Things that go bump in the night in Idaho

Just in time for Halloween, the fate of a government nuclear energy R&D center appears to tremble on the precipice of change or does it? Only the New York Times knows for sure.

INL logo blue largeReaders of this blog will note that the Department of Energy, without so much as a Federal Register notice, has, based on a single quote to the New York Times, moved the majestic Idaho National Laboratory from its historical roots on the Idaho Arco Desert some 250 miles north of Salt Lake City to the foothills of Denver, Colorado.

idaho falls sealIdaho Falls Mayor Tommy Tumlin expressed surprise telling the the Associated Press in Boise, “we didn’t know it was missing until the buses taking workers to the site this morning came back into town fully loaded.”

DOE Field office spokesman Tim Thompson referred media inquiries to DOE’s public affairs office in Washington, DC.  Here’s the full quote from the newspaper

“The department has begun a review of how it packages plutonium wastes at Los Alamos and its laboratories at Idaho Springs, Colo., and Oak Ridge, Tenn., said Frank Marcinowski, the deputy assistant secretary for waste management.”

quantum-leap-ahead-2The Department of Energy, which has never been known to do anything quietly, appears to have taken a quantum leap into organizational excellence by spiriting the entire 980 square mile facility virtually overnight to a small town in the foothills of Denver.

Mr.  Marcinowski, who at best as a DAS, is the equivalent of a Major in the Air Force, seems to have unsuspected powers that far exceed his station in the Forrestal Building.

So what is the effect of the move?

According to the Colorado Department of Commerce, Idaho Springs, Colo., consists of a gas station & convenience store, a snow plow for hire, and two stray dogs.

Hermits, hippies, and hipsters living in the foothills area west of Denver were also taken by surprise by the move, and told Denver TV station KTVB they are not happy about having a nuclear energy facility impinging on their organic greenhouses.

Said one, “This move will hurt my marijuana crop since no one wants weed that glows all on its own.”

spent fuel in wet storageBack in Idaho Gov “Butch” Otter was quick to make the most of the situation. He crowed triumphantly, “We finally got the U.S. Navy’s spent fuel out of the state,”and added that the 2035 deadline had been met, under his watch, two decades ahead of schedule.

However, U.S. Rep. Mike Simpson (R-ID), in whose district the lab used to reside, is a very unhappy camper. Here are all these voters whose paychecks rely on his seat on the House Appropriations Committee, and every one of them has been kidnapped in the dead of night spirited off by government goblins to another congressman’s district, and in another state no less.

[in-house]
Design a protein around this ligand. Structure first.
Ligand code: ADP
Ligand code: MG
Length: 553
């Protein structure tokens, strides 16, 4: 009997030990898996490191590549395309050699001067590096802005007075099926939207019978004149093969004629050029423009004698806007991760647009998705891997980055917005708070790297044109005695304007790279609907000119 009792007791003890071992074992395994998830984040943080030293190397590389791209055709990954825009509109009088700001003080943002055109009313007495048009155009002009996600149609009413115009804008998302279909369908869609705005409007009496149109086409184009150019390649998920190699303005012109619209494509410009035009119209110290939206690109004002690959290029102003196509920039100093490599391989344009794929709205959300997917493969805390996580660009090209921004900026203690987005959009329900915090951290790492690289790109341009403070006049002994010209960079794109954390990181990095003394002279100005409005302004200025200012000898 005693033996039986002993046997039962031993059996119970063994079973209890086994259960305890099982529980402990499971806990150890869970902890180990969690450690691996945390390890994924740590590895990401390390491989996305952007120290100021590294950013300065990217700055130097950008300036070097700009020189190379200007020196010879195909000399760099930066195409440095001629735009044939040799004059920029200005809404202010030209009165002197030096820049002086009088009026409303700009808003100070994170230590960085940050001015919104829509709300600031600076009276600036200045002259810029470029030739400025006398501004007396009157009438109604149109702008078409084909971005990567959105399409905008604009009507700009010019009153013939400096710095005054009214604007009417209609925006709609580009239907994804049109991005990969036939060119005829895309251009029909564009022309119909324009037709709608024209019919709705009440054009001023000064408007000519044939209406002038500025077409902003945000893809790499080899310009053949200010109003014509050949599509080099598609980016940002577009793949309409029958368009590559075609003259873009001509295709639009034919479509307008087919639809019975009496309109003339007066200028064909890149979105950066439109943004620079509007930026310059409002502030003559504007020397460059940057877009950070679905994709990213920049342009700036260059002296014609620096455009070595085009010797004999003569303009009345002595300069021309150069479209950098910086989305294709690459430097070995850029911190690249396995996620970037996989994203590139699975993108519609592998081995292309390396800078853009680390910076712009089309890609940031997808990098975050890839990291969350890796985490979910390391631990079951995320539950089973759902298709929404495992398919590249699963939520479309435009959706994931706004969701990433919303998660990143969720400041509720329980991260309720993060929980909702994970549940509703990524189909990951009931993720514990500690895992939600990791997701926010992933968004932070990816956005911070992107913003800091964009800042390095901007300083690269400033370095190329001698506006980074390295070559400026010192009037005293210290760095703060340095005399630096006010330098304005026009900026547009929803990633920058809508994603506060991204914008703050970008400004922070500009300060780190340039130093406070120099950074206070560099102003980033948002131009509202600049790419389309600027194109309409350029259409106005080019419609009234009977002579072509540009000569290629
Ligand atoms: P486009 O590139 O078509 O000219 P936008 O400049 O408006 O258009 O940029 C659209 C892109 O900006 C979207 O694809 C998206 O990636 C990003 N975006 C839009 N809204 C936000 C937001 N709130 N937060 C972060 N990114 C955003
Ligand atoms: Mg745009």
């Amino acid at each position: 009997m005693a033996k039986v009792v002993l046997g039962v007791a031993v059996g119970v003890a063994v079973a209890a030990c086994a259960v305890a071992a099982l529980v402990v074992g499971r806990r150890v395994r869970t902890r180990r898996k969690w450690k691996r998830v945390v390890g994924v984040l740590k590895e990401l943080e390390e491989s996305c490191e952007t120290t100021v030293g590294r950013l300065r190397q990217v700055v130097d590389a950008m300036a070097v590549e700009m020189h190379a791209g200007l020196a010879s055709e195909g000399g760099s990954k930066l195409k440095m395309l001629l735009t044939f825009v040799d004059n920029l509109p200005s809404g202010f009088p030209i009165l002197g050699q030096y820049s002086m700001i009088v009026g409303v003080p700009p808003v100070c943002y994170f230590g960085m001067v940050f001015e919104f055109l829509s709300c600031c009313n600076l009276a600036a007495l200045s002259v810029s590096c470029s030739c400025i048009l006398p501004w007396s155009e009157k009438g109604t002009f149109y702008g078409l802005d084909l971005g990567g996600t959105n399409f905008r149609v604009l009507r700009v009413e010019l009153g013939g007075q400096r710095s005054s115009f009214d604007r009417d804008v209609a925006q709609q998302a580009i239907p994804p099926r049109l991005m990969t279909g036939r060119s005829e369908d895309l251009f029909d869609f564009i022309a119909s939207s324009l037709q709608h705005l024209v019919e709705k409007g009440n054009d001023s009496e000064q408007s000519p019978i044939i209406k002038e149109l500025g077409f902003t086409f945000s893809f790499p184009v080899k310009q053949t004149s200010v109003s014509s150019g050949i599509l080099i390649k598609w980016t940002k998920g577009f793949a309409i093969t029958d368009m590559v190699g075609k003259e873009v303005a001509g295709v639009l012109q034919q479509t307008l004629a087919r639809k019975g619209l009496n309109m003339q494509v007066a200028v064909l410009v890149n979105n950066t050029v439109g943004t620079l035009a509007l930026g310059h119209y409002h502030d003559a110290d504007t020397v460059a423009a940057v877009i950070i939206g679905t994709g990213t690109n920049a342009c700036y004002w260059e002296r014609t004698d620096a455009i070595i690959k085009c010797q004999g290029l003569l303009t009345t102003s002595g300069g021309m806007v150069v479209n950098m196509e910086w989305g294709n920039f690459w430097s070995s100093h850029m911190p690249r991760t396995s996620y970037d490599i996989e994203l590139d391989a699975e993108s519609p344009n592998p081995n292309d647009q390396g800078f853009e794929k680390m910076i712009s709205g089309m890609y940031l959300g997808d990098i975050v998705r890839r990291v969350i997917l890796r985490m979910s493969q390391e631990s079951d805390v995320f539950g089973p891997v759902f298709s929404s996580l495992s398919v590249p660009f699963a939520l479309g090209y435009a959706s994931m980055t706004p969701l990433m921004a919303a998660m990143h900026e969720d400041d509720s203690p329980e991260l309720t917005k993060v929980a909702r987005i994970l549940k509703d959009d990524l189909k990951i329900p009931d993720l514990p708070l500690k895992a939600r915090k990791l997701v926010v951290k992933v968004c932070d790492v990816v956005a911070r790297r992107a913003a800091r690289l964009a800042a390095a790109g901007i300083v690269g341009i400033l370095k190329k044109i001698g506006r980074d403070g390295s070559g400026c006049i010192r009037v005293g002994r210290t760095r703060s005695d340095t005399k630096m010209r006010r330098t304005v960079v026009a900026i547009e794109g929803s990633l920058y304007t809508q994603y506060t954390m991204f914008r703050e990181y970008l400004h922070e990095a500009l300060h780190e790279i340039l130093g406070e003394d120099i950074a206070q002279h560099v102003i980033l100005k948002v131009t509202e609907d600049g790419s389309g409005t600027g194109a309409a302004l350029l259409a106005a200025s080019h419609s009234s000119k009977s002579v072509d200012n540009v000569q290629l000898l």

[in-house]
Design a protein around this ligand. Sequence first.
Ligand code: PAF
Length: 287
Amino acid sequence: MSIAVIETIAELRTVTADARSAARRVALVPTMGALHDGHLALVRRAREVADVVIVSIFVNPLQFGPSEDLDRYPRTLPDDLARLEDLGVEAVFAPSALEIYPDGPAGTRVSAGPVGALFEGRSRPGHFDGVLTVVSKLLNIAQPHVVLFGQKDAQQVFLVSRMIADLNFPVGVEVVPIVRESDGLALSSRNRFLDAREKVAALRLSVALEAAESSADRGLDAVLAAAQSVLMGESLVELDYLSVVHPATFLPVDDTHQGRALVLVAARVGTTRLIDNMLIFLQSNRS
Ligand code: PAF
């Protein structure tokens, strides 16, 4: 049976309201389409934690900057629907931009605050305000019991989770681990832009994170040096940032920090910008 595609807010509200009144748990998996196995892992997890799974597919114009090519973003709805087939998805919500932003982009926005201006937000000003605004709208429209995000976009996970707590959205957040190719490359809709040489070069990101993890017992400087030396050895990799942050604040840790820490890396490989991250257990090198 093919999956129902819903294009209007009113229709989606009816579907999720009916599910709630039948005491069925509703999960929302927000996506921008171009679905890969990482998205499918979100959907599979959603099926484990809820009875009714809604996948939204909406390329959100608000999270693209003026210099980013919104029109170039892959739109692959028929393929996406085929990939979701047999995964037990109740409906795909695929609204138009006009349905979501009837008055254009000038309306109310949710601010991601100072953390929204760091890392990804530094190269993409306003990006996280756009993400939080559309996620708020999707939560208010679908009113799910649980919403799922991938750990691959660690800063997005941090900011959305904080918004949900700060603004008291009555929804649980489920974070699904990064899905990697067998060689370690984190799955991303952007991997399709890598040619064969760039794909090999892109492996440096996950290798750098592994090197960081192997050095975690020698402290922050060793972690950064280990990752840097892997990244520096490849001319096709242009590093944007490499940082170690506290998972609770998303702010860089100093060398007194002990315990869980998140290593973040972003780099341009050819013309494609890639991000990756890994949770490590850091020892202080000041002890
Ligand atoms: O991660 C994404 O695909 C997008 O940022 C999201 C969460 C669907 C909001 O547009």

An aide to Simpson told the Idaho Falls Post Register there is no point appealing to the President. He’s got Ebola hysteria and multiple wars in the Mideast to worry about.  And just today that nurse, who managed to break free of incarceration in a porta potty by New Jersey Gov Chris Christie, has gone for a bicycle ride defying the authorities in Maine over their efforts to keep her in quarantine.

“It’s obvious,” the aide said, “nothing and nobody stays put anymore like they’re supposed to.”

new-york-timesWhile there is no joy in Mudwille, at least the New York Times finally corrected its typo, after two tries. The first time it corrected the sentence to read that the Idaho lab was in Idaho Springs, ID, and then on the second round, got the state right as well. Here it is.

Correction: October 30, 2014
An earlier version of this article misstated the location of a laboratory under review for its packaging of plutonium wastes. It is in Idaho Falls, Idaho, not Idaho Springs, Colo.

All of this carrying on about the Idaho lab prompted a serious inquiry from NNSA at DOE which wanted to know if this blog knew something it didn’t, to wit, that the government was moving all of its spent fuel, as well as the lab as a package deal,  from eastern Idaho to the foothills of the Rocky Mountains just west of Denver.  Since I am well aware that government bureaucrats have little or no tolerance for satire, I did not answer the email.

I am told that things have calmed down along Independence Ave. in DC.  Mr. Marcinowski, the DAS, is reported by an unreliable source to have said that despite all the excitement promulgated in his name, that he is keeping his subscription for home delivery of the New York Times.

“I don’t hold grudges,” he said.

eagle_busThe workers at the Idaho lab are sleeping peacefully tonight. They know that the buses will carry them, as they always have, to the place of work tomorrow morning just a crow’s flight from Idaho Falls, ID.

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1 Response to Things that go bump in the night in Idaho

  1. John Bickel says:

    Hey Dan,
    I actually live about 20 minutes from Idaho Springs! It’s not as bad as you describe! In actuality it is a major refueling stop for skiers with more than a dozen gas stations, it has several semi operable gold mining operations, a few donut shops, a really great microbrewery (Tommyknockers), a Buffalo restaurant, a few Pizza parlors, discount ski rental operations. The town square has a huge statue of the Comic book character “Steve Canyon” – who was allegedly from there. Yes it also has some medical marijuana dispensaries…..but most people in that town grow their own.


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